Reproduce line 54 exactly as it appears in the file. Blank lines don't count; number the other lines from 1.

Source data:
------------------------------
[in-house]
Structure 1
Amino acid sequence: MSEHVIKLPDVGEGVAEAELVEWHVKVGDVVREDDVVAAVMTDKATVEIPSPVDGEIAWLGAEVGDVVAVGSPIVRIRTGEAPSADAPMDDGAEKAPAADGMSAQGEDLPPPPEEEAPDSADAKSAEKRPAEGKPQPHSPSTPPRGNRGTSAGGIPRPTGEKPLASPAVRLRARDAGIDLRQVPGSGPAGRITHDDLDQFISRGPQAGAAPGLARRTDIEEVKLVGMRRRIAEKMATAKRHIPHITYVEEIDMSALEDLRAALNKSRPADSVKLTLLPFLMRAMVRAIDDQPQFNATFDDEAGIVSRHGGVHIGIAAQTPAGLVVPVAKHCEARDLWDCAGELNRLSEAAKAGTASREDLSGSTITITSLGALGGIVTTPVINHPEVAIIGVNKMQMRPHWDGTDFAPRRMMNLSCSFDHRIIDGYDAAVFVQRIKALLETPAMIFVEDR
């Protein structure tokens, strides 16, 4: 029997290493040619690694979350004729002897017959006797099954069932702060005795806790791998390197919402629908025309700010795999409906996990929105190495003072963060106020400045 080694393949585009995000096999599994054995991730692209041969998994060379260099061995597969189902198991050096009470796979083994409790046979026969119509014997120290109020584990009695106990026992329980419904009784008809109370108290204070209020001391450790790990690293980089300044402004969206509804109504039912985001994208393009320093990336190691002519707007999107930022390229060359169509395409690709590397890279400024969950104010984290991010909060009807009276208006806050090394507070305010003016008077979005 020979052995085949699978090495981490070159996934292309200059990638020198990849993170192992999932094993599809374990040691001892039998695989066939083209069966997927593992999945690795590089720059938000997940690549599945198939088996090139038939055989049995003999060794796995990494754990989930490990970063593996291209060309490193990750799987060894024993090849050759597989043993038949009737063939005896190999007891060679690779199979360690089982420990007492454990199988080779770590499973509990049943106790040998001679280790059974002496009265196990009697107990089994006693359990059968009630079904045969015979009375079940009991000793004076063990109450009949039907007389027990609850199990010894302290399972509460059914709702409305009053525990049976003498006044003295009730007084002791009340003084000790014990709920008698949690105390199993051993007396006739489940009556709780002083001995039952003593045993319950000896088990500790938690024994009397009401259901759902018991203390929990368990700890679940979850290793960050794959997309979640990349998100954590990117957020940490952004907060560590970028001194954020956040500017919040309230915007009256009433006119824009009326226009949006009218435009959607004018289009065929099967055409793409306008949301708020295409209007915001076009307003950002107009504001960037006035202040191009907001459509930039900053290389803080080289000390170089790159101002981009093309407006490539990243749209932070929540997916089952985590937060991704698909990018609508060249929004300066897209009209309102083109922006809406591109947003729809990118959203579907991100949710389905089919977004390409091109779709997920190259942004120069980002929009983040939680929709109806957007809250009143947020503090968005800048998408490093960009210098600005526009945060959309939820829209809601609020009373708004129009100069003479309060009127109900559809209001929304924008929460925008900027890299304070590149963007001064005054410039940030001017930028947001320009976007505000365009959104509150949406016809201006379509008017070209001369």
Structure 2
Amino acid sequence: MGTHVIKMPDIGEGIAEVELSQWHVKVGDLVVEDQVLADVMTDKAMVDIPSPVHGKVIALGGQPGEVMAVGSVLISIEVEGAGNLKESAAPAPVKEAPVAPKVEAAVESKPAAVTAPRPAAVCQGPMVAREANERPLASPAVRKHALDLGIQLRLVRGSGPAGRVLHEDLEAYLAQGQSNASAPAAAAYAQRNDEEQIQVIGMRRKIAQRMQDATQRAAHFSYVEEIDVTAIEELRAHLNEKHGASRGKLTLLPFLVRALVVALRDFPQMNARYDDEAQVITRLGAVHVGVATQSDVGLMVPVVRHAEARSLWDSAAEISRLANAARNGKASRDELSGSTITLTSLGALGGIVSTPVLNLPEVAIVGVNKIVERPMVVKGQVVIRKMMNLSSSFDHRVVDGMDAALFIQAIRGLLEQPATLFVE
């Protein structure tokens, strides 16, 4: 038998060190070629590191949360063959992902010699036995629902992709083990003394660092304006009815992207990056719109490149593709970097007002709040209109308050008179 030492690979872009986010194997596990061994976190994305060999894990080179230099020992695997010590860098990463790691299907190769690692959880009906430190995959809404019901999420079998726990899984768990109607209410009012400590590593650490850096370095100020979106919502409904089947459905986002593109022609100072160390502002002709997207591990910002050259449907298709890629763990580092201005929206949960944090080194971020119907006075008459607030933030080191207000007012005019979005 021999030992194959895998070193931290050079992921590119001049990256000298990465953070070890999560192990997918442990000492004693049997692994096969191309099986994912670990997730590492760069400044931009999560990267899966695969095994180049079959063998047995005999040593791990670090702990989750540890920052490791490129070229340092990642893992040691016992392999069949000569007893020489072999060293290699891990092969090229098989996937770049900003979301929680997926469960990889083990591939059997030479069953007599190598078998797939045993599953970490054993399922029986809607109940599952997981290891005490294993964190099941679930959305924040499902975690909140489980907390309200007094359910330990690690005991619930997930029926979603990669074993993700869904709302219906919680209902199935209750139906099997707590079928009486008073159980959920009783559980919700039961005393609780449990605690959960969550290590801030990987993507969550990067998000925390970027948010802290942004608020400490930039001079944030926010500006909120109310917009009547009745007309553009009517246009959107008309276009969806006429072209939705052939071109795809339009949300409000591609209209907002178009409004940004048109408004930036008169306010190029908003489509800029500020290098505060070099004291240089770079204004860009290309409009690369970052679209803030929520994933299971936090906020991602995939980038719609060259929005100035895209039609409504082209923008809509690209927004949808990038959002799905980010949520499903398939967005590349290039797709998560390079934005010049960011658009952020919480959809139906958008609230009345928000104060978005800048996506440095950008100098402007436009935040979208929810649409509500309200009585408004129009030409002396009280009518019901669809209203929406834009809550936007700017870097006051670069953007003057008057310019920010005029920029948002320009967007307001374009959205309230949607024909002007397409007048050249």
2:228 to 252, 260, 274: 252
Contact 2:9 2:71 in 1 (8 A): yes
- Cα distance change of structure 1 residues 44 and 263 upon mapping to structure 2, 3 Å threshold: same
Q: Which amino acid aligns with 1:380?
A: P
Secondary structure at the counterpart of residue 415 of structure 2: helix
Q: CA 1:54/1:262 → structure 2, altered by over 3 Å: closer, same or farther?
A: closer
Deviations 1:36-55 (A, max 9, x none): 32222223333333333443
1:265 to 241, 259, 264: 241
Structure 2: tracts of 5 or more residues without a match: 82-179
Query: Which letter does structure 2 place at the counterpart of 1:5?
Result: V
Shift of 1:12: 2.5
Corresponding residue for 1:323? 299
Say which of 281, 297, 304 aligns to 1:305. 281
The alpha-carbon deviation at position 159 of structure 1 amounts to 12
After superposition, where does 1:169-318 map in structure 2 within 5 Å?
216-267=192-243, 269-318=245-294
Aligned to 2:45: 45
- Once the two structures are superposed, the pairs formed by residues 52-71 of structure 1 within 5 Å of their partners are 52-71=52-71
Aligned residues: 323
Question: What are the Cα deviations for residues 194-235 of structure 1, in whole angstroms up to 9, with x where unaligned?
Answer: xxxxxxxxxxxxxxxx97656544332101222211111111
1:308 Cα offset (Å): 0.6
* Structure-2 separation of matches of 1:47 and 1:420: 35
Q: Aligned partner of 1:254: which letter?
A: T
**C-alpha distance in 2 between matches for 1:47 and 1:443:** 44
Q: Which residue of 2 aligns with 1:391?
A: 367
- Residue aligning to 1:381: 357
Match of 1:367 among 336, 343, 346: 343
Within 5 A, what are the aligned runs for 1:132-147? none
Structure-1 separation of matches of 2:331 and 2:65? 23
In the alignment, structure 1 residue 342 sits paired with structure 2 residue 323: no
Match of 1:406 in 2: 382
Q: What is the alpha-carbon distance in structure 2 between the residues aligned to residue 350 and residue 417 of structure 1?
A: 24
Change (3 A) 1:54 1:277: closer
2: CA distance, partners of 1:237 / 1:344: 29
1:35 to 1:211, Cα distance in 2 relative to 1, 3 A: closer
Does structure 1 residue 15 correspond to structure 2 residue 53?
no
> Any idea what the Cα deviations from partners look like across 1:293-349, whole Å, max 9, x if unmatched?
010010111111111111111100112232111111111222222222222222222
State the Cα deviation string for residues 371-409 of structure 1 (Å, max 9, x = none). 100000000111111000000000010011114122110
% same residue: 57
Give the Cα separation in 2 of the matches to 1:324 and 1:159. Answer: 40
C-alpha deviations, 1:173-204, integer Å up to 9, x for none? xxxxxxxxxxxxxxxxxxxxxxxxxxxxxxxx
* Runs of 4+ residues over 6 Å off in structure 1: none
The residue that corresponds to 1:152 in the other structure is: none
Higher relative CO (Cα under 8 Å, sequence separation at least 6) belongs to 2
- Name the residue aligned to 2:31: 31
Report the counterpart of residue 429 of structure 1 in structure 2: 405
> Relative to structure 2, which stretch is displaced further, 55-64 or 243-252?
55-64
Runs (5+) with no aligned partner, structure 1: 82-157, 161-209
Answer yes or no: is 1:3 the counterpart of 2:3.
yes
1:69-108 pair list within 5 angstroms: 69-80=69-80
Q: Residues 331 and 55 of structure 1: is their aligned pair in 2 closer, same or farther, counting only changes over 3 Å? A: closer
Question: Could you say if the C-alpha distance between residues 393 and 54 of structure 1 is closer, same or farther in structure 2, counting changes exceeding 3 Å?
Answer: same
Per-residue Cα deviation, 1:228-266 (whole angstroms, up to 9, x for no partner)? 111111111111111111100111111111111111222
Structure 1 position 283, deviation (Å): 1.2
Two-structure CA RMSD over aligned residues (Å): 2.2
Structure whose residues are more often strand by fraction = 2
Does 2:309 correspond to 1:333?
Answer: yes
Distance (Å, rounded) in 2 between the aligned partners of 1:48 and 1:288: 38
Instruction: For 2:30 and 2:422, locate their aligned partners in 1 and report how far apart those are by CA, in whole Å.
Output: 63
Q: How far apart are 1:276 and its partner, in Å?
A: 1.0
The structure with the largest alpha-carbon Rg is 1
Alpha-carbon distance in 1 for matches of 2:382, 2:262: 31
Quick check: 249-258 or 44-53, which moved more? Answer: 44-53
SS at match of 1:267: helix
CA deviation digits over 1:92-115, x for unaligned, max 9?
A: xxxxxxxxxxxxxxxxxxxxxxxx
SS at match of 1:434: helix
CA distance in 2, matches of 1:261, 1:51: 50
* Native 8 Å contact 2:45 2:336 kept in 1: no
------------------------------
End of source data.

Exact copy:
State the Cα deviation string for residues 371-409 of structure 1 (Å, max 9, x = none). 100000000111111000000000010011114122110